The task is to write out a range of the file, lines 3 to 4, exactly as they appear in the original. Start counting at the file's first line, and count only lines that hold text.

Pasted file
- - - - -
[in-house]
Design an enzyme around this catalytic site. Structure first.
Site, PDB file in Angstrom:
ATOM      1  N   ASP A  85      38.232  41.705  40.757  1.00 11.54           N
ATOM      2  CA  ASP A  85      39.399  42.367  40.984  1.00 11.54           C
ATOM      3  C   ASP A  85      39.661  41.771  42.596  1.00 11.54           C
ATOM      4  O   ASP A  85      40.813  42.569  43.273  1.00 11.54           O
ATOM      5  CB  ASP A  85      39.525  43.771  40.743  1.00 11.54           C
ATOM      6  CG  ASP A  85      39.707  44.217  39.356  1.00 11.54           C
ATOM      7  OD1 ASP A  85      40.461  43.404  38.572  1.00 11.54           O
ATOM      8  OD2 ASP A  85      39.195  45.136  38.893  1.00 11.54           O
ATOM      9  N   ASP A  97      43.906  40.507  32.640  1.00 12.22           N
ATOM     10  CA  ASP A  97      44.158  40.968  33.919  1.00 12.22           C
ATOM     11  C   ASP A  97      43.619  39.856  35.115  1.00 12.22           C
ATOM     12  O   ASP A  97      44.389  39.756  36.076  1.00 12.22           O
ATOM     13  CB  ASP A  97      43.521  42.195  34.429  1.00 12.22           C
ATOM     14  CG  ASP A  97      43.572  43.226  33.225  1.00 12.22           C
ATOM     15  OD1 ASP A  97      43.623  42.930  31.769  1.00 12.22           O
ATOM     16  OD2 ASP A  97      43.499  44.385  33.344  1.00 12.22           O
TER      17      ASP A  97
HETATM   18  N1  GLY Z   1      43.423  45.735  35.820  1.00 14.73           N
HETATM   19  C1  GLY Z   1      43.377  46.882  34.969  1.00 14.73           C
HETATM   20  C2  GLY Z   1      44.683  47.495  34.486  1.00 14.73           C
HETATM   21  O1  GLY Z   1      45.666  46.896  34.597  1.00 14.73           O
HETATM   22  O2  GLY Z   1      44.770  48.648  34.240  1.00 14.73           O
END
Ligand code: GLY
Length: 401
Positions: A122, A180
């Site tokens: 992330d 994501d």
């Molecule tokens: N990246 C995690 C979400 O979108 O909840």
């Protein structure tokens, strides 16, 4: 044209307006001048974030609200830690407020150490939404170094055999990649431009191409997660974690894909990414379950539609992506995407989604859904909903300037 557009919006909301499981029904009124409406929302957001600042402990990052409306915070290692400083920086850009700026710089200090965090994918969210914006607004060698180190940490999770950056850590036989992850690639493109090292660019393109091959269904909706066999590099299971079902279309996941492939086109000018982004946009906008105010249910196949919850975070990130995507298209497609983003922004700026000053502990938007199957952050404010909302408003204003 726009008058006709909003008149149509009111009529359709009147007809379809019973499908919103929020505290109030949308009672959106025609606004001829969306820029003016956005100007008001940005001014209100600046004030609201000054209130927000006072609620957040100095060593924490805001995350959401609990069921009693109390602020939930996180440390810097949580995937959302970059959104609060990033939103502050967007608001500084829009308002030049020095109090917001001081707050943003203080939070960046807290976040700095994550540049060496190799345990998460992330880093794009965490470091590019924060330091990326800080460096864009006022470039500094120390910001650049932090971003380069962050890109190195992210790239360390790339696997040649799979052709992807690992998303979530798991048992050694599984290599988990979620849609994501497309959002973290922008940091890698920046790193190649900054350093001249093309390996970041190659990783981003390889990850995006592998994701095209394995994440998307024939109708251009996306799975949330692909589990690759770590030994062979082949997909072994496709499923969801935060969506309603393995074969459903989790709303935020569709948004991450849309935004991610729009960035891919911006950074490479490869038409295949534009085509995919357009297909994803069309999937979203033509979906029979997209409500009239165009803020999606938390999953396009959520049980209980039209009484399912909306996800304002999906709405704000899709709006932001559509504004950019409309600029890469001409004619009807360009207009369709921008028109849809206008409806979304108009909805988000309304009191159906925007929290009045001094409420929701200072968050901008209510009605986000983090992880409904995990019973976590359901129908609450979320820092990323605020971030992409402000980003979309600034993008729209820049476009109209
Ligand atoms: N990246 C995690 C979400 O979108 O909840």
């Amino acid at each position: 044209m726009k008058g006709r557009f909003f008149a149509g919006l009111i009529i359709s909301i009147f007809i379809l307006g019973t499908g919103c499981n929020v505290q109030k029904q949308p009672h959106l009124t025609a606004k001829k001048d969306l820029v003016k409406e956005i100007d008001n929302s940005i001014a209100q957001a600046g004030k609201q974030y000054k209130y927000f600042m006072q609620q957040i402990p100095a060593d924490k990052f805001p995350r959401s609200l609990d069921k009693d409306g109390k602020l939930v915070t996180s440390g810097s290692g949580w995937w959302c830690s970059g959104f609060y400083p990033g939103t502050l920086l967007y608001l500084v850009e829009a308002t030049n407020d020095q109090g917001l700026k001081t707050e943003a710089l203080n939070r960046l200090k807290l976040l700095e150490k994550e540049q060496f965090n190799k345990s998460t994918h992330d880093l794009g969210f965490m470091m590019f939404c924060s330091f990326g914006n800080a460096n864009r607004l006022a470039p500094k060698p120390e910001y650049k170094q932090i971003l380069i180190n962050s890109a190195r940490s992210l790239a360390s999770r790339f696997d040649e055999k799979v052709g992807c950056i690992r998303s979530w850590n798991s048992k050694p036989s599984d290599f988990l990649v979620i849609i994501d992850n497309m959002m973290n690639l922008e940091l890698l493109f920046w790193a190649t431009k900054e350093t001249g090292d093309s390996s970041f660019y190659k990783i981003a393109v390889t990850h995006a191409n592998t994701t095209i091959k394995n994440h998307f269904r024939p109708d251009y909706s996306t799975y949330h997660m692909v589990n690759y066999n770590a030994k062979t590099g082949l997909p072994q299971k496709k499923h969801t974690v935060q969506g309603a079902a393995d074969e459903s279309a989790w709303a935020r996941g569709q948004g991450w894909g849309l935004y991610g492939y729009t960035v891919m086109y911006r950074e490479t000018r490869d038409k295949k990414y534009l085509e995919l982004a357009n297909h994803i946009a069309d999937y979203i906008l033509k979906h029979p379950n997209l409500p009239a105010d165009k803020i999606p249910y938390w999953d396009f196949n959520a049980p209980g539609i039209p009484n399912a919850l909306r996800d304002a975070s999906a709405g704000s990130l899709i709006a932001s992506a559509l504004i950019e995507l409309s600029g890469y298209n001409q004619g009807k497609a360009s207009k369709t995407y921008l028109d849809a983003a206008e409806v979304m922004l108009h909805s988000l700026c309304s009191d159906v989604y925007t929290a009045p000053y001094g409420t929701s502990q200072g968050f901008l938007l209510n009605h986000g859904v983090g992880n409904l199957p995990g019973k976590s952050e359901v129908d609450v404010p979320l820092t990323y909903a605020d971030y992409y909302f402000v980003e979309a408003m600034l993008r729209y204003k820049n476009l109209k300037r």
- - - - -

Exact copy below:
Site, PDB file in Angstrom:
ATOM      1  N   ASP A  85      38.232  41.705  40.757  1.00 11.54           N